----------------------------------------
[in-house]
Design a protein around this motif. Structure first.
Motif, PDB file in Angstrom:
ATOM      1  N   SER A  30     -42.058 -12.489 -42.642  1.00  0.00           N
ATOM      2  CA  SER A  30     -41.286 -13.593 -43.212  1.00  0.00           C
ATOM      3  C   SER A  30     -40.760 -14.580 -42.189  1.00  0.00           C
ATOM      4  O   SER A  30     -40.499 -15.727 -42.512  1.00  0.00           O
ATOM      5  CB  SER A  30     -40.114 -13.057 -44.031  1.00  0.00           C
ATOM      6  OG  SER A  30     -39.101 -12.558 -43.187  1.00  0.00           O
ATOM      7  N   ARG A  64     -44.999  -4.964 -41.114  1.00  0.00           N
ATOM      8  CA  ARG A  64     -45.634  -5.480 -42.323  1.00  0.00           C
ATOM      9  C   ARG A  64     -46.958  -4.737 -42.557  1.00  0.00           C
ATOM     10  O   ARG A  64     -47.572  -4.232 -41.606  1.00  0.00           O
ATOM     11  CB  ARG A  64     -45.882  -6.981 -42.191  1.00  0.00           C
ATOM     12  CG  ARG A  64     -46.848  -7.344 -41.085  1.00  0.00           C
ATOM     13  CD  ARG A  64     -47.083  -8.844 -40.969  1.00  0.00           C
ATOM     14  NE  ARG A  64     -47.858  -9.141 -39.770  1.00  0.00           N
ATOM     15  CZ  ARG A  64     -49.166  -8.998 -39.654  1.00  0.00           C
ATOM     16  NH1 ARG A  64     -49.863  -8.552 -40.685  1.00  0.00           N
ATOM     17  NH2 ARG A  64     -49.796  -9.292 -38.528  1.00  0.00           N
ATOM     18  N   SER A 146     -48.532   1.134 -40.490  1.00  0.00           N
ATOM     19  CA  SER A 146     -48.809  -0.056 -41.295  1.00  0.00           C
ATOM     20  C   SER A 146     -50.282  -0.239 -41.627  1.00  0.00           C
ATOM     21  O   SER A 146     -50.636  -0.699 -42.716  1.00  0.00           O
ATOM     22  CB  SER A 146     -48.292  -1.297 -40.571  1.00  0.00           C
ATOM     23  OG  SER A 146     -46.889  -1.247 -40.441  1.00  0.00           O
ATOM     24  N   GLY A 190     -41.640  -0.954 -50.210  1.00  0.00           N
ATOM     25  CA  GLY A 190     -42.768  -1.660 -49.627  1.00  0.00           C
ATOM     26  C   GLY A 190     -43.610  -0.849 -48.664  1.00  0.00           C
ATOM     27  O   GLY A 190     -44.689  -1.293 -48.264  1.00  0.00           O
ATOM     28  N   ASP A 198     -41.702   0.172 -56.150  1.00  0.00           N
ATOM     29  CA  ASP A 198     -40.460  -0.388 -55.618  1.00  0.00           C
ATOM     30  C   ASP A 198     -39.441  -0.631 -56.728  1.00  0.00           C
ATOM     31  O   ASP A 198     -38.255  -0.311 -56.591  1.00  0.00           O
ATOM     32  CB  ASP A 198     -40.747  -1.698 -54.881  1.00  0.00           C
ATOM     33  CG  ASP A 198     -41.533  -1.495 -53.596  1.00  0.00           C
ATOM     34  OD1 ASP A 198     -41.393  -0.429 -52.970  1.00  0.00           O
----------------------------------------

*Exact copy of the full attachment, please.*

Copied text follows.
[in-house]
Design a protein around this motif. Structure first.
Motif, PDB file in Angstrom:
ATOM      1  N   SER A  30     -42.058 -12.489 -42.642  1.00  0.00           N
ATOM      2  CA  SER A  30     -41.286 -13.593 -43.212  1.00  0.00           C
ATOM      3  C   SER A  30     -40.760 -14.580 -42.189  1.00  0.00           C
ATOM      4  O   SER A  30     -40.499 -15.727 -42.512  1.00  0.00           O
ATOM      5  CB  SER A  30     -40.114 -13.057 -44.031  1.00  0.00           C
ATOM      6  OG  SER A  30     -39.101 -12.558 -43.187  1.00  0.00           O
ATOM      7  N   ARG A  64     -44.999  -4.964 -41.114  1.00  0.00           N
ATOM      8  CA  ARG A  64     -45.634  -5.480 -42.323  1.00  0.00           C
ATOM      9  C   ARG A  64     -46.958  -4.737 -42.557  1.00  0.00           C
ATOM     10  O   ARG A  64     -47.572  -4.232 -41.606  1.00  0.00           O
ATOM     11  CB  ARG A  64     -45.882  -6.981 -42.191  1.00  0.00           C
ATOM     12  CG  ARG A  64     -46.848  -7.344 -41.085  1.00  0.00           C
ATOM     13  CD  ARG A  64     -47.083  -8.844 -40.969  1.00  0.00           C
ATOM     14  NE  ARG A  64     -47.858  -9.141 -39.770  1.00  0.00           N
ATOM     15  CZ  ARG A  64     -49.166  -8.998 -39.654  1.00  0.00           C
ATOM     16  NH1 ARG A  64     -49.863  -8.552 -40.685  1.00  0.00           N
ATOM     17  NH2 ARG A  64     -49.796  -9.292 -38.528  1.00  0.00           N
ATOM     18  N   SER A 146     -48.532   1.134 -40.490  1.00  0.00           N
ATOM     19  CA  SER A 146     -48.809  -0.056 -41.295  1.00  0.00           C
ATOM     20  C   SER A 146     -50.282  -0.239 -41.627  1.00  0.00           C
ATOM     21  O   SER A 146     -50.636  -0.699 -42.716  1.00  0.00           O
ATOM     22  CB  SER A 146     -48.292  -1.297 -40.571  1.00  0.00           C
ATOM     23  OG  SER A 146     -46.889  -1.247 -40.441  1.00  0.00           O
ATOM     24  N   GLY A 190     -41.640  -0.954 -50.210  1.00  0.00           N
ATOM     25  CA  GLY A 190     -42.768  -1.660 -49.627  1.00  0.00           C
ATOM     26  C   GLY A 190     -43.610  -0.849 -48.664  1.00  0.00           C
ATOM     27  O   GLY A 190     -44.689  -1.293 -48.264  1.00  0.00           O
ATOM     28  N   ASP A 198     -41.702   0.172 -56.150  1.00  0.00           N
ATOM     29  CA  ASP A 198     -40.460  -0.388 -55.618  1.00  0.00           C
ATOM     30  C   ASP A 198     -39.441  -0.631 -56.728  1.00  0.00           C
ATOM     31  O   ASP A 198     -38.255  -0.311 -56.591  1.00  0.00           O
ATOM     32  CB  ASP A 198     -40.747  -1.698 -54.881  1.00  0.00           C
ATOM     33  CG  ASP A 198     -41.533  -1.495 -53.596  1.00  0.00           C
ATOM     34  OD1 ASP A 198     -41.393  -0.429 -52.970  1.00  0.00           O